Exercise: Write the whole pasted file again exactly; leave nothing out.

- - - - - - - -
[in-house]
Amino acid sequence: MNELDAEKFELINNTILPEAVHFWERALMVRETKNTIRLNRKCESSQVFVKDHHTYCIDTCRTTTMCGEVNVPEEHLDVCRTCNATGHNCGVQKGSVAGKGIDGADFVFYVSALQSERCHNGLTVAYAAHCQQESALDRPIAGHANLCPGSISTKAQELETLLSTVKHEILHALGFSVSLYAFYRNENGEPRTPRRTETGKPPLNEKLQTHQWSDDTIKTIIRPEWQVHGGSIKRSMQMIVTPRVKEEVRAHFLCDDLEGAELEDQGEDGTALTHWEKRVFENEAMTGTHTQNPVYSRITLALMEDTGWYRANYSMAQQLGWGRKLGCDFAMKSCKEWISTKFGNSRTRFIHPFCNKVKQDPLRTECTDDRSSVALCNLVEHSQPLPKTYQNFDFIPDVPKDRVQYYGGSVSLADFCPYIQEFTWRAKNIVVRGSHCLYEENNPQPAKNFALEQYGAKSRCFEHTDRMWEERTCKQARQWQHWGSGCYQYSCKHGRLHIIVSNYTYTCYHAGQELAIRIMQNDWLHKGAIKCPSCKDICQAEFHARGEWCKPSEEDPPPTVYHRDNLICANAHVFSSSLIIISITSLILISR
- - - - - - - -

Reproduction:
[in-house]
Amino acid sequence: MNELDAEKFELINNTILPEAVHFWERALMVRETKNTIRLNRKCESSQVFVKDHHTYCIDTCRTTTMCGEVNVPEEHLDVCRTCNATGHNCGVQKGSVAGKGIDGADFVFYVSALQSERCHNGLTVAYAAHCQQESALDRPIAGHANLCPGSISTKAQELETLLSTVKHEILHALGFSVSLYAFYRNENGEPRTPRRTETGKPPLNEKLQTHQWSDDTIKTIIRPEWQVHGGSIKRSMQMIVTPRVKEEVRAHFLCDDLEGAELEDQGEDGTALTHWEKRVFENEAMTGTHTQNPVYSRITLALMEDTGWYRANYSMAQQLGWGRKLGCDFAMKSCKEWISTKFGNSRTRFIHPFCNKVKQDPLRTECTDDRSSVALCNLVEHSQPLPKTYQNFDFIPDVPKDRVQYYGGSVSLADFCPYIQEFTWRAKNIVVRGSHCLYEENNPQPAKNFALEQYGAKSRCFEHTDRMWEERTCKQARQWQHWGSGCYQYSCKHGRLHIIVSNYTYTCYHAGQELAIRIMQNDWLHKGAIKCPSCKDICQAEFHARGEWCKPSEEDPPPTVYHRDNLICANAHVFSSSLIIISITSLILISR